Yuletide Greetings from all of us!

A Merry Christmas to you from everyone at Locust Grove! We have had such a wonderful time celebrating the season with you, and sharing the story of Locust Grove throughout all of 2015! Thank you for being part of continuing to preserve all that makes the site so special.

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For a bit of Christmas reading, here is a letter from Dr. John Croghan to his brother-in-law, General Thomas Jesup, from Christmas 1844.
“Locust grove Decr 25, 1844

My dear Genl

Your letter of the 13th caused me the most painful solicitude.  You remarked that “if there be not a favorable change I will write tomorrow.”  I am greatly relieved by your not writing as it satisfies me that, my dear Sister, and William are better. God grant that all of you may be well ere this reaches you. If I could act as my feelings dictate I would be with you, now and remain until Spring but my health, as well as other considerations renders it impossible. George gives me inexpressible grief and concern.  He has for two months acted in the most exemplary manner, but, it was apparent that something rendered him unhappy.  He told me a few days since the cause of his anxiety and indeed, I have just received letters confirming his statements.  He has at different times & places in his fits of intemperance, involved himself and drawn for double pay.  This has been officially made known, and he is miserable in consequence of not being able, as yet, to raise the necessary sum to pay these accounts.  A gentleman in Louisville offered to loan him on the best terms a sum sufficient to pay all his debts, and upon going to Louisville to receive this sum, he was informed by the gentleman who offered the loan, “that very unexpectedly & much to his chagrin, the money he intended for the Col: had been loaned the day previous.”  At the instance of the gentleman, the Col: left here Thursday for Lexington to negotiate a loan.  He expected to return Sunday; and as he has not as yet arrived, I apprehend he will not succeed.  He seems more thoughtful & more penitent that I have ever known him to be, and says, “if he can but once get free from the shameful embarrassment which his vile debaucheries have occasioned, that he will soon be what he ought long to have been.” I sincerely pray it may be so, but his past promises make me doubt it. Confidentially speaking I got a letter from William, enclosing one from Mr Wilkins, in which he (Mr W) expresses the great pain it gave him to state the Col: had drawn double pay for the months of Jan: Feb: March & April.  William writes that “to save the Col: he would pay one half if I would pay the other half.”  I wrote to him that I would and to inform Mr Wilkins immediately that he might consider the debt as paid. After all I have paid the Col. I had determined never to pay another cent for him, but here is a case involving the reputation of ones family and I, therefore, cannot hesitate about making an effort to save him. The Col. not being here, and receiving those letters during his absence renders me truly unhappy. This is Christmass (sic) merry Christmass (sic) – to me it has been a day of gloom and melancholy forebodings. Give my love to Ann and to my nieces and nephews and sincerely hoping that all of you are well, I remain dear Genl.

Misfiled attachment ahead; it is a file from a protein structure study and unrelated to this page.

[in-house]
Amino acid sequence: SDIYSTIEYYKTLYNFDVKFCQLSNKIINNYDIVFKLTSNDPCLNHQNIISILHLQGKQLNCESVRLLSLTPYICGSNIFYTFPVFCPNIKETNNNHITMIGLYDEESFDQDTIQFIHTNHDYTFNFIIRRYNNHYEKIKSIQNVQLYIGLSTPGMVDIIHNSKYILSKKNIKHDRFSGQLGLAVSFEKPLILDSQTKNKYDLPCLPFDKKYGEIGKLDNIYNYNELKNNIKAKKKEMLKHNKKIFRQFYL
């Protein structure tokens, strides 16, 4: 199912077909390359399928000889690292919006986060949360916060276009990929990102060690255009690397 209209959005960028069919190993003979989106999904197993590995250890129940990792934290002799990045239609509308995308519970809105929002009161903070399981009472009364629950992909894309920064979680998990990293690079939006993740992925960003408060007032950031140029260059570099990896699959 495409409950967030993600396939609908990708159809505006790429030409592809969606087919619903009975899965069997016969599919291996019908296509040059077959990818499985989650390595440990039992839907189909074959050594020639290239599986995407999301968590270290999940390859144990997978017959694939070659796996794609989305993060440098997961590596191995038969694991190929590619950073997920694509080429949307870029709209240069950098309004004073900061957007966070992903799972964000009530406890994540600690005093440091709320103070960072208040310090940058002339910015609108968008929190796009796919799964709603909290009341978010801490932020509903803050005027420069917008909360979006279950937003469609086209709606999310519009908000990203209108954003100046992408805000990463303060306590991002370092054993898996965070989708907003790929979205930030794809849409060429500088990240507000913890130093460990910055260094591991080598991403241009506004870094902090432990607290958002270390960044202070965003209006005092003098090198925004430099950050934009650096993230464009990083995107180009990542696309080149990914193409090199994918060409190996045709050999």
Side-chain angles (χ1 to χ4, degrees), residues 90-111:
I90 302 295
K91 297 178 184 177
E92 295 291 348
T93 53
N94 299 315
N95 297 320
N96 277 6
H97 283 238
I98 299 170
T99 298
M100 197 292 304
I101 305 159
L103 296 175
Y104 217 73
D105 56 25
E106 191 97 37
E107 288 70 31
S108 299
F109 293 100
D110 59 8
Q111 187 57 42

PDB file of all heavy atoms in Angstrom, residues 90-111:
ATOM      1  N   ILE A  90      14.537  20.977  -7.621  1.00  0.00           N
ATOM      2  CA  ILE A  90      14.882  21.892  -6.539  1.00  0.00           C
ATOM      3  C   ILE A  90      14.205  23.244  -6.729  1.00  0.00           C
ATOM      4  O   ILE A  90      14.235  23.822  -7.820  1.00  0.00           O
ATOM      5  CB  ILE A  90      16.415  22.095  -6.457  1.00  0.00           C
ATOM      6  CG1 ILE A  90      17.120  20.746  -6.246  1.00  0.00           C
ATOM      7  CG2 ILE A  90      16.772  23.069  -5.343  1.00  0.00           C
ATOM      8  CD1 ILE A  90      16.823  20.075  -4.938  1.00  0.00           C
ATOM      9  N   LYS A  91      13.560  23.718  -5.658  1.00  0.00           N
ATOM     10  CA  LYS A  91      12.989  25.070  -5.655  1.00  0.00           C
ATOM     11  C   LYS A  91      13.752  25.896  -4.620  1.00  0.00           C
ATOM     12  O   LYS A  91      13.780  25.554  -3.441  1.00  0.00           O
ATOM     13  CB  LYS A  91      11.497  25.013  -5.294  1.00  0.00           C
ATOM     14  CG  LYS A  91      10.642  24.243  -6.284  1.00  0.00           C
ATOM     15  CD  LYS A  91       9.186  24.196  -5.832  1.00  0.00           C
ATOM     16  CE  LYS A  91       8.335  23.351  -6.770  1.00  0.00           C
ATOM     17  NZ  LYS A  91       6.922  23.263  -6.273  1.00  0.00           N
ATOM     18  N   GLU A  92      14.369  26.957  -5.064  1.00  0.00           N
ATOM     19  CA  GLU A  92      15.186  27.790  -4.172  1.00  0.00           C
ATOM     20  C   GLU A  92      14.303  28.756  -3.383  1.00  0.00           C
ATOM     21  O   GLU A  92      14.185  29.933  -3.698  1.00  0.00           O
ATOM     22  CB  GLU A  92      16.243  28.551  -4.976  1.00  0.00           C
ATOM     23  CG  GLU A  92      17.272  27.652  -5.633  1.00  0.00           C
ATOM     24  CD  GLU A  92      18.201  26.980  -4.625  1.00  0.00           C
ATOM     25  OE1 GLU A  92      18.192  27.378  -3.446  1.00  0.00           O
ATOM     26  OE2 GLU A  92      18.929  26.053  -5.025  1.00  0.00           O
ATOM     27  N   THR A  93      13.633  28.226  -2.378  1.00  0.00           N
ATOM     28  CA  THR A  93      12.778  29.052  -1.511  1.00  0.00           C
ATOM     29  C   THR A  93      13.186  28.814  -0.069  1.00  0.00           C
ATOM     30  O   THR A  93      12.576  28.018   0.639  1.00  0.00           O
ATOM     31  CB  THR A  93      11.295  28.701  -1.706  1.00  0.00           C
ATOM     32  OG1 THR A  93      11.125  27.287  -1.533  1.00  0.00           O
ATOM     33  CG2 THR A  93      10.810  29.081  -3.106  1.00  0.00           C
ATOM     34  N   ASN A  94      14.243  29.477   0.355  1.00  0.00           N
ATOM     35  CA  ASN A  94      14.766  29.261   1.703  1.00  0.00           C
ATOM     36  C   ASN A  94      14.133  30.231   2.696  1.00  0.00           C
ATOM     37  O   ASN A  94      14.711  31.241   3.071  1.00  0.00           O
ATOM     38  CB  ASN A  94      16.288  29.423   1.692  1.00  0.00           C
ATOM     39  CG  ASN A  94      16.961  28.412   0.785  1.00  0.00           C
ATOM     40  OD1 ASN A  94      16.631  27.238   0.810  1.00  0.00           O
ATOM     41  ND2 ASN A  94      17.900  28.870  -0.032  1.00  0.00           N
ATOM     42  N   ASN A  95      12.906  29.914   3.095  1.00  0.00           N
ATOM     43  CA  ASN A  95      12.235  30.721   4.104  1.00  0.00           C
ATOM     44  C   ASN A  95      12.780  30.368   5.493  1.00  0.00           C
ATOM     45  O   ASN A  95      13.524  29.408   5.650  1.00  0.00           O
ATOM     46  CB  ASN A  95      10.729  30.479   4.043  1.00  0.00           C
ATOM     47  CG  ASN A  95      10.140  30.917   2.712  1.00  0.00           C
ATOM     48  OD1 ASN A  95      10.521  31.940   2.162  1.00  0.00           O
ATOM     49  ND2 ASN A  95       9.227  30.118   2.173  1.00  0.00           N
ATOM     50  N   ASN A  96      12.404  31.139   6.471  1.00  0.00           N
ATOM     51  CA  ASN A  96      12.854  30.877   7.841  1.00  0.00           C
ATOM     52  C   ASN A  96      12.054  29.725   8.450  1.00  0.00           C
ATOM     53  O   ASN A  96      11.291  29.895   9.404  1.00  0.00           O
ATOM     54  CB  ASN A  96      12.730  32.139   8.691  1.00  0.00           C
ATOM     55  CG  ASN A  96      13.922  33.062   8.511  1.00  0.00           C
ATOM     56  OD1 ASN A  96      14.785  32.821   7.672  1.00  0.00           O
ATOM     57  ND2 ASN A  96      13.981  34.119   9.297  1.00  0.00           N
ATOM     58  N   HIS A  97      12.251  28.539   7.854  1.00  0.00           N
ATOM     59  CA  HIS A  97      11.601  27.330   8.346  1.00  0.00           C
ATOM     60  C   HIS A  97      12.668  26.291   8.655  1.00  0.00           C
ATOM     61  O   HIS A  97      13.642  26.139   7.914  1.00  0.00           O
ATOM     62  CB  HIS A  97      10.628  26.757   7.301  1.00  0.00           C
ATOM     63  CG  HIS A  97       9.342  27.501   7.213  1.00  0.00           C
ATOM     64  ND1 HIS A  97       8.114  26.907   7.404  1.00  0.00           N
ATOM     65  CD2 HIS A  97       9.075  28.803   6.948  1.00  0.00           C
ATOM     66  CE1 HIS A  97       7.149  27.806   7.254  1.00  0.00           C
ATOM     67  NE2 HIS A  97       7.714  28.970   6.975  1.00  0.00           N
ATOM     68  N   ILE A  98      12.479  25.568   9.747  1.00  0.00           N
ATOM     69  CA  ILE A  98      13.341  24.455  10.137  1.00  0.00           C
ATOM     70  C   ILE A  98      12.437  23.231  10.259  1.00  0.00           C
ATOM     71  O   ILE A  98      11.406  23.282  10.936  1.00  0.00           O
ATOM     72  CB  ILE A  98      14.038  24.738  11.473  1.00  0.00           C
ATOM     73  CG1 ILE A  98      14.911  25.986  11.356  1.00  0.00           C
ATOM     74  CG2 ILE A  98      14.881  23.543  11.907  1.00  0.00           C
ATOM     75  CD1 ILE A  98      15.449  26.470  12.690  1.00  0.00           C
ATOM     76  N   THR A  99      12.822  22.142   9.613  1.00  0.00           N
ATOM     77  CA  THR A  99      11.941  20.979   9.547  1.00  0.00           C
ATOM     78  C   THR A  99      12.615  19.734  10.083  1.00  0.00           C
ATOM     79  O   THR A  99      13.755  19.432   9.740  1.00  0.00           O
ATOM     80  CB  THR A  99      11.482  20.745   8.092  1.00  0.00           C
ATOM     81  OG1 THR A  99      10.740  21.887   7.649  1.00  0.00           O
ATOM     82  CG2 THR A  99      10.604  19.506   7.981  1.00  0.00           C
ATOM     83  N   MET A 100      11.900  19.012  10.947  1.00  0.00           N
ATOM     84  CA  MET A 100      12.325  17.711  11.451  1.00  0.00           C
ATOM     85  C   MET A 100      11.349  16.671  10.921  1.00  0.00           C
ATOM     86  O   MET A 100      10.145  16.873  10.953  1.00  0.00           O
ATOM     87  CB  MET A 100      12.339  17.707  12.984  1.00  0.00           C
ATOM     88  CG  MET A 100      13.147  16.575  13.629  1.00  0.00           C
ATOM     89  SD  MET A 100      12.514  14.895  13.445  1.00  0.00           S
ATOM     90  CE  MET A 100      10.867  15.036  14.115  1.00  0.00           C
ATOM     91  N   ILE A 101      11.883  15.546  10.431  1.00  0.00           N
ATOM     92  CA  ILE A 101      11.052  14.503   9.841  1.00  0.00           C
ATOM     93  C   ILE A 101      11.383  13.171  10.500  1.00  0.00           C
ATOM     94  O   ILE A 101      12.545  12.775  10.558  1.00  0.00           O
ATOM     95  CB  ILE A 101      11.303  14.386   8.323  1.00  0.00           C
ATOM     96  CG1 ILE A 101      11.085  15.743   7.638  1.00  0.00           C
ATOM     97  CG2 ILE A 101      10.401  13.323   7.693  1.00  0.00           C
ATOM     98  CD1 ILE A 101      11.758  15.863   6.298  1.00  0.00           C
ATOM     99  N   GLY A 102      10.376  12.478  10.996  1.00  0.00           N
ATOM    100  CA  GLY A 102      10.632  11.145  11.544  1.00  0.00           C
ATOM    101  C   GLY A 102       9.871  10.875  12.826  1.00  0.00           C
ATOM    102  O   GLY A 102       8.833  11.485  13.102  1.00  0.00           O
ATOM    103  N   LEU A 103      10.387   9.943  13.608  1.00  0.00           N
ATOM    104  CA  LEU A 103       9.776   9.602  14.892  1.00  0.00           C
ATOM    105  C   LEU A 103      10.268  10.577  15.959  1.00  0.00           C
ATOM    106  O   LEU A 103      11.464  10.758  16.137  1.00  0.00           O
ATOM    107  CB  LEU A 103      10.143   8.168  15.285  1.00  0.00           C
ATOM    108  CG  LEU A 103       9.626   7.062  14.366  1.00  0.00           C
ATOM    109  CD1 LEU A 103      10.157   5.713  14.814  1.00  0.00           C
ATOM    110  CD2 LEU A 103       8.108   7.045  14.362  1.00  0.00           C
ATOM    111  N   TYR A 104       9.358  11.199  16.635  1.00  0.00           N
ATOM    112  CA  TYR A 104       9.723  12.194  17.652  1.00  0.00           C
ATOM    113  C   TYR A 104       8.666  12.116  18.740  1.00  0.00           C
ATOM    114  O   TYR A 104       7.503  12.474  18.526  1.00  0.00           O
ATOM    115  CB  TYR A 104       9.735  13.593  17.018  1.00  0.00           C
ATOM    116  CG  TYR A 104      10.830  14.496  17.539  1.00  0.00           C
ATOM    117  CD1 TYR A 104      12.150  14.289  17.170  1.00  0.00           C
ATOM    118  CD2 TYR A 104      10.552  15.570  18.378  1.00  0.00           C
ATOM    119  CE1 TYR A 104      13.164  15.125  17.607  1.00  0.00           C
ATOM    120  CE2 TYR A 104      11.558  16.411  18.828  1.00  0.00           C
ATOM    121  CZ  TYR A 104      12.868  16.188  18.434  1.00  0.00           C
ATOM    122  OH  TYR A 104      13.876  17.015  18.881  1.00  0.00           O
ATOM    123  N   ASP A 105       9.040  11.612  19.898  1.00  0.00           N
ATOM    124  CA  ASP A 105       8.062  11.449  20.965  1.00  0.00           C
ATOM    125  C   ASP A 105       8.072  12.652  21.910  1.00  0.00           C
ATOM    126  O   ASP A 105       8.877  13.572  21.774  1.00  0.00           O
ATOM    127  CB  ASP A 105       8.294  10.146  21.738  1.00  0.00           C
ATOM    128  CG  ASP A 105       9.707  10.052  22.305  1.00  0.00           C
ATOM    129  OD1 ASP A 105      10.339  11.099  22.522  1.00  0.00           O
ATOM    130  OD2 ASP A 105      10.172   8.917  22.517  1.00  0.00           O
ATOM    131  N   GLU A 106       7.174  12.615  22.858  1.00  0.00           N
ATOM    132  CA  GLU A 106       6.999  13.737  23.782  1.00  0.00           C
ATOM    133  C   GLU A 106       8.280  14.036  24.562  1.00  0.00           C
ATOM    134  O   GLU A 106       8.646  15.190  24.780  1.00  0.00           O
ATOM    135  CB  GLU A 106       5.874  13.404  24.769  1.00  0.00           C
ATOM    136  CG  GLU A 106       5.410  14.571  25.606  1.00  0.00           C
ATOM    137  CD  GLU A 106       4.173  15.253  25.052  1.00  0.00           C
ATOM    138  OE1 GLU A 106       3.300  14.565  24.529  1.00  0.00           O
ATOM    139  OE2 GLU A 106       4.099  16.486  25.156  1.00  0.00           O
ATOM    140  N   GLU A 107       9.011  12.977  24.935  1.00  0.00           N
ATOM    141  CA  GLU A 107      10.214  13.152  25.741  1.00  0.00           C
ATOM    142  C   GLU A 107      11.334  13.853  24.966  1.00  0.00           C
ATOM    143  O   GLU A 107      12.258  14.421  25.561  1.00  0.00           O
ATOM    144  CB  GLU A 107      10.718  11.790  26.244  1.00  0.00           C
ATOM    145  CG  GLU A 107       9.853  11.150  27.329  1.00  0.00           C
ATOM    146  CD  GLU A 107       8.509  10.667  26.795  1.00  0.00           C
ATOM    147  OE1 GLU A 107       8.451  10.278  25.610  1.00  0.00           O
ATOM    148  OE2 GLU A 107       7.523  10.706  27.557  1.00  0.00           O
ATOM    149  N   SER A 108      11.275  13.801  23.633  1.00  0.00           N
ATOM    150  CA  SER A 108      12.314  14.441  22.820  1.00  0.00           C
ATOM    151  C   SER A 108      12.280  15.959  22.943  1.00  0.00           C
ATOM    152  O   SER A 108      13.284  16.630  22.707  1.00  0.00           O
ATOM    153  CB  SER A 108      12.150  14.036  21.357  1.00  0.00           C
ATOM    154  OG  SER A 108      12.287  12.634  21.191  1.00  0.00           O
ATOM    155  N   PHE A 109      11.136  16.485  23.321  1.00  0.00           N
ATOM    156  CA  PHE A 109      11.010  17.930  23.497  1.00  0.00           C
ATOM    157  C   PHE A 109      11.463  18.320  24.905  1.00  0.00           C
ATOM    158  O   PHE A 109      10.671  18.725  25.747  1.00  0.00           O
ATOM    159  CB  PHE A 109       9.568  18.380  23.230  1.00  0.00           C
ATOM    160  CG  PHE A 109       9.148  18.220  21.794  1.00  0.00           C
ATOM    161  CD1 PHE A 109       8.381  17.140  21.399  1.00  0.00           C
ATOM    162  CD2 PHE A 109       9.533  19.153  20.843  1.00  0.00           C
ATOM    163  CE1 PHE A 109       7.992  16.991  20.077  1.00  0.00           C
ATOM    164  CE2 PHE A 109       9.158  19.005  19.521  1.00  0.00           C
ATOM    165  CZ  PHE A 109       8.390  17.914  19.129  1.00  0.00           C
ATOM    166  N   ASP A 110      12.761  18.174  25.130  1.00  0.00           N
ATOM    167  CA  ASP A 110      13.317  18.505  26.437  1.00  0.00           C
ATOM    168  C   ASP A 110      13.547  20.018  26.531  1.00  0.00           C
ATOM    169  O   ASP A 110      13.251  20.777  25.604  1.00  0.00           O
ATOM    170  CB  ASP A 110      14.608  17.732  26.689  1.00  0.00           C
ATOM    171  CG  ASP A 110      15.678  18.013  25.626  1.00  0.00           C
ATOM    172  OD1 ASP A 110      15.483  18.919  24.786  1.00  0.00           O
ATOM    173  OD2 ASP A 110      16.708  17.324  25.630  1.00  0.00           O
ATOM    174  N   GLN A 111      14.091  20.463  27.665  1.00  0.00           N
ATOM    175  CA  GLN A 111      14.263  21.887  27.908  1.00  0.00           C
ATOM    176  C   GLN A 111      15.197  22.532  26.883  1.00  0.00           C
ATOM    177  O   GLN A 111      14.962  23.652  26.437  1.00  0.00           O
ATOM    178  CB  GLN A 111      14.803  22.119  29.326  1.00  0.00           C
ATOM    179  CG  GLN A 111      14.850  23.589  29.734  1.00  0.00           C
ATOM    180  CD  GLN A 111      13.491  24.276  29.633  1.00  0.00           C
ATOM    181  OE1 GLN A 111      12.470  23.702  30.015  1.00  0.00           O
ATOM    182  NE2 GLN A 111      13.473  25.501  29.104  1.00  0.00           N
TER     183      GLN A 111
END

Sincerely yours,

John Croghan”

Ah yes, “gloom and melancholy forebodings”–just what the Christmas season is all about! Perhaps Dr. John had been reading A Christmas Carol, published by Charles Dickens just the year before and had decided to see what Scrooge felt at the beginning of the tale. One can only hope that he woke up from a long winter’s nap in much better spirits.

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Although it isn’t set at Christmas, the following letter, from George Hancock, husband of Eliza Croghan, to Thomas Jesup, expresses a little more of the sentiments of this time of year.

“Fotheringay, May 14th 1820

My Dear Genl.

I scarcely know how to account for our not having heard from each other since I had the pleasure of seeing you. My excuse must be my having been almost constantly engaged while at Louisville in a controversy with out old acquaintances Davis & Floyd. Davis has been informed that I threatened to horsewhip him, he wrote in a very insulting note with the including of drawing a challenge.  Never having made the the trust he had heard I had, I wrote him that his informant has been guilty of a malicious falsehood, that I (__) him as having such beneath the notice of a gentlemen, and should not notice him as such. A few days after Col. Floyd handed me a challenge from him–I informed Col. Floyd that I did not know his friend as a gentleman but would hold myself responsible to him (Col. Floyd) for, so doing, and be considered the offence sufficient, I was ready to meet him (__) did not think it cause of quarrel between us, & there it rested.

This you will say is a poor excuse for not writing, I admit it. But pray My Dear Genl what plea can you bring forward to us like your silence? Has the bustle and gaiety of the metropolis thrown a shade on the recollection of your former friends? I can answer for you that is has not, (__) your excuse whatever it may be, I know will be satisfactory. (__) as I am from society, I hear little of the world abroad, and my communications can afford little to interest you. So that the only pleasure you can expect from our correspondence, must be that which is the result of a consciousness of conferring an obligation.

I have  few days since from our friends at Locust Grove, they were well. By the by Genl. when do you visit Ky again. Having been made once your confidant I must insist to knowing whether you intend (__) the sign in the West, and like a true soldier, not discouraged by a first (__) make another desperate effort to pressure the fortress: Believe me woman may be compared to a fortress, the modesty, to its defenders. When summoned to (__) (__) some time feel confident that if attacked surrender is inevitable.